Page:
All seven of us MFA graduates participated in the graduation ceremony on Saturday.  It was a wonderful moment of celebration in realizing that all of our hard work paid off.  It felt good standing out from the crowd in our big hoods (which are brown….why do MFA graduates get the ugliest color in combination with black?!) and funky sleeves.  We made photos together and said our goodbyes, because who knows when we’ll see each other again?  I will miss them dearly.


For my next adventure in life– I have been hired at my alma mater Mississippi State University to work as a lecturer, teaching basic design software courses in the art department.  I am so thrilled about this opportunity!  This summer I will be getting settled there, and establish my lesson plans.  I will mainly be interacting with students that are trying out for the graphic design program, so I will completely relate to how they are feeling!  I also hope to find a space to rent so that I can continue papermaking.  I have a dream of having this studio space for people to walk in and purchase items, and also have the chance to learn papermaking.  I would also love to start a business through Etsy.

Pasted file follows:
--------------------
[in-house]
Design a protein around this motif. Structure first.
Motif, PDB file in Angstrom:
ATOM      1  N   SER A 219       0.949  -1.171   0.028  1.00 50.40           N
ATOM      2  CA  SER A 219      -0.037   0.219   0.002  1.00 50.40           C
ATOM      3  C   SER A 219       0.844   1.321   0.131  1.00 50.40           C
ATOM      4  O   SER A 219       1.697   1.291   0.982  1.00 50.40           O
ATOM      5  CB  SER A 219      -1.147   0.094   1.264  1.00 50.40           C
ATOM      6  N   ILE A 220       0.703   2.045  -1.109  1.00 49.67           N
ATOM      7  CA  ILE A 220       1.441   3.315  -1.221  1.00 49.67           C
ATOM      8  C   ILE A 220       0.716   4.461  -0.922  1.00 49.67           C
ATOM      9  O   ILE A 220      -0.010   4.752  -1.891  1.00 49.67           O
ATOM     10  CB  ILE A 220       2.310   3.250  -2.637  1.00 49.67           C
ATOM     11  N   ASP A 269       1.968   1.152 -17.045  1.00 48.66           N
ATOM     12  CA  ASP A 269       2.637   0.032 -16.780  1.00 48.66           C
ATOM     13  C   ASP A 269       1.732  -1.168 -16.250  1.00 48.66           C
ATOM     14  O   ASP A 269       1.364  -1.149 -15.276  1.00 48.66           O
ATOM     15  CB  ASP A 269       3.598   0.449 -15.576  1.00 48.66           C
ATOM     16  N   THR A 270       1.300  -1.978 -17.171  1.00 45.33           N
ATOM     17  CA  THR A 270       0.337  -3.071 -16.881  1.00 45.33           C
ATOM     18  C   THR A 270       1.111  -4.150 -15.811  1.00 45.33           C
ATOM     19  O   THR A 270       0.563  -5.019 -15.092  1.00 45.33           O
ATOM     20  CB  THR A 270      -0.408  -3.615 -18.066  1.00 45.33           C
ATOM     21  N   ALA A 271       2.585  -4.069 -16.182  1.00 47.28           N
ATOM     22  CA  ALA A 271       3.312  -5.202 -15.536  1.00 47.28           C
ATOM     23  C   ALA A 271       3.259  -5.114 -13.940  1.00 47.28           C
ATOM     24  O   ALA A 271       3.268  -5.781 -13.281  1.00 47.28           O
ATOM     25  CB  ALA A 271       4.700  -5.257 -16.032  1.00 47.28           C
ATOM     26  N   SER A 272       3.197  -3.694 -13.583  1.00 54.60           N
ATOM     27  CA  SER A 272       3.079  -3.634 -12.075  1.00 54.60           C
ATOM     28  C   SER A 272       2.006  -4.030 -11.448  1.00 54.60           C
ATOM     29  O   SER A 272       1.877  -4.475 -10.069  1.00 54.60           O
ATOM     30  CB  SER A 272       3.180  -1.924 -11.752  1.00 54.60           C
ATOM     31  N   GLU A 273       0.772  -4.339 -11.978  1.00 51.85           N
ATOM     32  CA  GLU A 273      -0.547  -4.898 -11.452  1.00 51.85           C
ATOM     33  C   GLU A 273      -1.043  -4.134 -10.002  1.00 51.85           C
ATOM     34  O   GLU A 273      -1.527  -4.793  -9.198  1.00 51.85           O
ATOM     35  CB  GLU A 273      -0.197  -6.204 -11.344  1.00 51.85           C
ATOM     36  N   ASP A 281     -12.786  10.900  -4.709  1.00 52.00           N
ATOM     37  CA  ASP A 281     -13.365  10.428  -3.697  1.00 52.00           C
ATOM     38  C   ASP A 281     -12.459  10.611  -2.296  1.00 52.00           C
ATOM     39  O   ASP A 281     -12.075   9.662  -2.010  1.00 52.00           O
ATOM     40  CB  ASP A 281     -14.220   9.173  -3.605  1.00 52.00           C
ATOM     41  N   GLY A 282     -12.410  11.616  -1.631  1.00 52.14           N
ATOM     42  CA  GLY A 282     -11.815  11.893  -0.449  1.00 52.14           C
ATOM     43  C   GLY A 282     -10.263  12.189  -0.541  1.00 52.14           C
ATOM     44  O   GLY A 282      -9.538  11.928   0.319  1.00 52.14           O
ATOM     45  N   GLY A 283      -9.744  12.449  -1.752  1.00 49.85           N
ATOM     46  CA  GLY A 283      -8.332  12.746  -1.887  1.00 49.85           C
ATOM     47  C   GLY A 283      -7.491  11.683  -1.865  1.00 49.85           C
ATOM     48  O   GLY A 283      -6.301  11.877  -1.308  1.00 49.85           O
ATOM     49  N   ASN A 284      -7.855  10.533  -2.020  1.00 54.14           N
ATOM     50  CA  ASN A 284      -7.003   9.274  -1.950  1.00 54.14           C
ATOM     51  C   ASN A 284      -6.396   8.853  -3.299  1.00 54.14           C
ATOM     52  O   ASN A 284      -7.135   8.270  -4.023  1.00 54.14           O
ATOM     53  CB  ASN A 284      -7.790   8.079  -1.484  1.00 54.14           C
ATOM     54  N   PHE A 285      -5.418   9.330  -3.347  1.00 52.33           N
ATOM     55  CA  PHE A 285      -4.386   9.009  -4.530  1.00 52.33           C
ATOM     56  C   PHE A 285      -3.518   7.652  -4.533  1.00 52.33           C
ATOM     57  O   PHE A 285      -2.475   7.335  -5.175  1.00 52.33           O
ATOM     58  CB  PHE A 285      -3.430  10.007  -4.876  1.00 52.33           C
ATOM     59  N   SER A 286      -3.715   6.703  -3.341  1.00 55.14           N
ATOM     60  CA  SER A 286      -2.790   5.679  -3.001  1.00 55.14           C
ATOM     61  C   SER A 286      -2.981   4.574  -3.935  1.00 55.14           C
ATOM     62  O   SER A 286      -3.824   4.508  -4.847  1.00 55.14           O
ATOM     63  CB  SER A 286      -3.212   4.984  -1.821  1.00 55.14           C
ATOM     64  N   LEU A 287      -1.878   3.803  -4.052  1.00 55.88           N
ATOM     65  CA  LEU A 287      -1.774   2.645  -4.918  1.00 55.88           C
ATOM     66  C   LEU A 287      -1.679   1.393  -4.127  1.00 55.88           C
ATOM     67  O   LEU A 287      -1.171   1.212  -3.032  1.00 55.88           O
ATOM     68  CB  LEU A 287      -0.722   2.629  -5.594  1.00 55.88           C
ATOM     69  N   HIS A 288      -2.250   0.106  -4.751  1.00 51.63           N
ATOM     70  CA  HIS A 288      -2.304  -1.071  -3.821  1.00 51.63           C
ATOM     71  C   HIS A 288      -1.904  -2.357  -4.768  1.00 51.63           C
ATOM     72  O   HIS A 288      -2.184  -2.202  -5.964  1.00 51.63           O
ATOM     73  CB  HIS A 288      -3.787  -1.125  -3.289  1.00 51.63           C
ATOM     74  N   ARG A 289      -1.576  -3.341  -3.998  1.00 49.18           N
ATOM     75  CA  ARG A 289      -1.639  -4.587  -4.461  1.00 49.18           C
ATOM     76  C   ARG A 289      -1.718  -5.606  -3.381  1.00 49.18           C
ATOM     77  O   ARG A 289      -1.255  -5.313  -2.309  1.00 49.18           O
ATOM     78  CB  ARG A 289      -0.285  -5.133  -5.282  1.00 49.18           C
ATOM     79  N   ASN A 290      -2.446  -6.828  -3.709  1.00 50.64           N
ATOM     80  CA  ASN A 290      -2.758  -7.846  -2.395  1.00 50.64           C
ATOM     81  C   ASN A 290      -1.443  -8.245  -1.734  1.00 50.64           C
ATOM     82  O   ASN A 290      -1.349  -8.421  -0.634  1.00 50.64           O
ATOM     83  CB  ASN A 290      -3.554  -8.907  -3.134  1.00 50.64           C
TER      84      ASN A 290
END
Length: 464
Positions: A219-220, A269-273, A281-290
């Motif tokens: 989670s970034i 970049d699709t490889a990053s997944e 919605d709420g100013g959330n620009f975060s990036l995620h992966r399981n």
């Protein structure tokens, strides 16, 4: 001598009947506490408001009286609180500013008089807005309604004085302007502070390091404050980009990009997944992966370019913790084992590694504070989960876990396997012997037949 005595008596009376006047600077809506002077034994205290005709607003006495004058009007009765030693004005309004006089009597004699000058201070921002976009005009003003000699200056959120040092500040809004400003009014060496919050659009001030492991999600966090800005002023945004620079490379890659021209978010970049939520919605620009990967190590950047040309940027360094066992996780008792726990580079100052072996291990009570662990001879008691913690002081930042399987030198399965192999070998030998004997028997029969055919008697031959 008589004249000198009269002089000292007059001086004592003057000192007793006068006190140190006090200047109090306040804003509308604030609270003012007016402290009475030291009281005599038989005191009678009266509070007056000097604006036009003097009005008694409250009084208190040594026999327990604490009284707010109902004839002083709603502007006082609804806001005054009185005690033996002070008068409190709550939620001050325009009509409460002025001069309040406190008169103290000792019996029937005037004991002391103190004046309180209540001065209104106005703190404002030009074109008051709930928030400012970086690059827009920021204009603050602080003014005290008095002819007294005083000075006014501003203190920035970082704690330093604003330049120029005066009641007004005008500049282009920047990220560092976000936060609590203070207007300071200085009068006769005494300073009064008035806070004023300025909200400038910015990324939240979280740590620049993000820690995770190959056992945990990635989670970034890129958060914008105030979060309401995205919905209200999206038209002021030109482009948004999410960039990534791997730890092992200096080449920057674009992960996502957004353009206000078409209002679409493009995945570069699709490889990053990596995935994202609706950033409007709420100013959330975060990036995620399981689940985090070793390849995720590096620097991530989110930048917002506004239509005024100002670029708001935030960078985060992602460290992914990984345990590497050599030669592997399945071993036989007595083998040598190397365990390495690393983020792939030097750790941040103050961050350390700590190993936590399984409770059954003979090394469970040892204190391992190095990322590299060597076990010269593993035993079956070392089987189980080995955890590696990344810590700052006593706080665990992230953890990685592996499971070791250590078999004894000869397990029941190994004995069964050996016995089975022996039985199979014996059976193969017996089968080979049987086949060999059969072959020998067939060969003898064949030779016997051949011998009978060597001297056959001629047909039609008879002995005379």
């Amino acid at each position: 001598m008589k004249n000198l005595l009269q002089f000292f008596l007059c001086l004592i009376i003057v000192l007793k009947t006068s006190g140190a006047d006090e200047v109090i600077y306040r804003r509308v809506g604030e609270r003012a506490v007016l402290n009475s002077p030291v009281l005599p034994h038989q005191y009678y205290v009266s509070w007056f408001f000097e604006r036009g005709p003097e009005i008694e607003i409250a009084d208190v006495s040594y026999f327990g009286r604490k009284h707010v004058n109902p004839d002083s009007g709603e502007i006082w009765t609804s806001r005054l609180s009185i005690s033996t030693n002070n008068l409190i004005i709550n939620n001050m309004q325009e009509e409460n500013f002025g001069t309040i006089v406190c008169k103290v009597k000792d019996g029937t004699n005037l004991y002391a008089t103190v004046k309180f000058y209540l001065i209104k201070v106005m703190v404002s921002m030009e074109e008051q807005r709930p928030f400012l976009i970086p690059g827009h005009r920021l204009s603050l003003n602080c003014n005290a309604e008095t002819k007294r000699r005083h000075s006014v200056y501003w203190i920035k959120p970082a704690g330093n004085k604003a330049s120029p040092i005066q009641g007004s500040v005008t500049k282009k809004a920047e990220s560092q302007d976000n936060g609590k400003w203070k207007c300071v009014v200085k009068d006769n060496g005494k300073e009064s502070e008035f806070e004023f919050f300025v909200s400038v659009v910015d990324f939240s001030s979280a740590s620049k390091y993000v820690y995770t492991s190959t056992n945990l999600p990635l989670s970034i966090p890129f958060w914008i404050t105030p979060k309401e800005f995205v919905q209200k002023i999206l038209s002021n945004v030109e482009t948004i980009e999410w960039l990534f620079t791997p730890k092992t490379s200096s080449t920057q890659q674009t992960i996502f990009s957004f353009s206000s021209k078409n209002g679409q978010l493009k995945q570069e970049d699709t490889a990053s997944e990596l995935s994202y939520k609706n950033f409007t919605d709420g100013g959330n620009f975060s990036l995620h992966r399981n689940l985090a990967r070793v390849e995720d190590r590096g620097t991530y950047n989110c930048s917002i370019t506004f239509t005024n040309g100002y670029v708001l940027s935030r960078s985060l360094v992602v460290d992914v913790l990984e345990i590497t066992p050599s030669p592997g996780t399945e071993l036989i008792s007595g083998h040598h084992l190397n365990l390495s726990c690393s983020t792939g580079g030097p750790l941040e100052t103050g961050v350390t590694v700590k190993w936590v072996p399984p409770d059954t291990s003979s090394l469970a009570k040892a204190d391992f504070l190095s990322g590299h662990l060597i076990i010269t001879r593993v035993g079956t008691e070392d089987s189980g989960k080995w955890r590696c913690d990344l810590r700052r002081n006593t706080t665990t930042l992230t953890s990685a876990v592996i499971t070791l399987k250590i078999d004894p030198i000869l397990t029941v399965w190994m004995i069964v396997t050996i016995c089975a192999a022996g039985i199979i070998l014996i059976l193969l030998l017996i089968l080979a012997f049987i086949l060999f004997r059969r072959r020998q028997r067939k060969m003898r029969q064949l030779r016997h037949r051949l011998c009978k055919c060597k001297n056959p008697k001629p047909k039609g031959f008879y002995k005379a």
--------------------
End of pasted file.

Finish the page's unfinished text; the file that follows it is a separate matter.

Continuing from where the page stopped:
Today I read an article about actor Jim Carey’s commencement address to some graduates.  He stated, “My father could have been a great comedian, but he didn’t believe that that was possible for him, and so he made a conservative choice. Instead, he got a safe job as an accountant. When I was 12 years old, he was let go from that safe job, and our family had to do whatever we could to survive. I learned many great lessons from my father, not the least of which was that you can fail at what you don’t want, so you might as well take a chance on doing what you love.”  I could not agree more.  I am so glad I followed my heart!

Cloud Gazing Installation Progress Photos

I received so much help casting paper balls.  It seemed like a never-ending endeavor!


All this hard work was to build my cloud installation entitled Cloud Gazing.  As a child I remember staring at the white, puffy clouds in the sky and making out shapes and figures using my imagination.  This memory was the inspiration for this installation.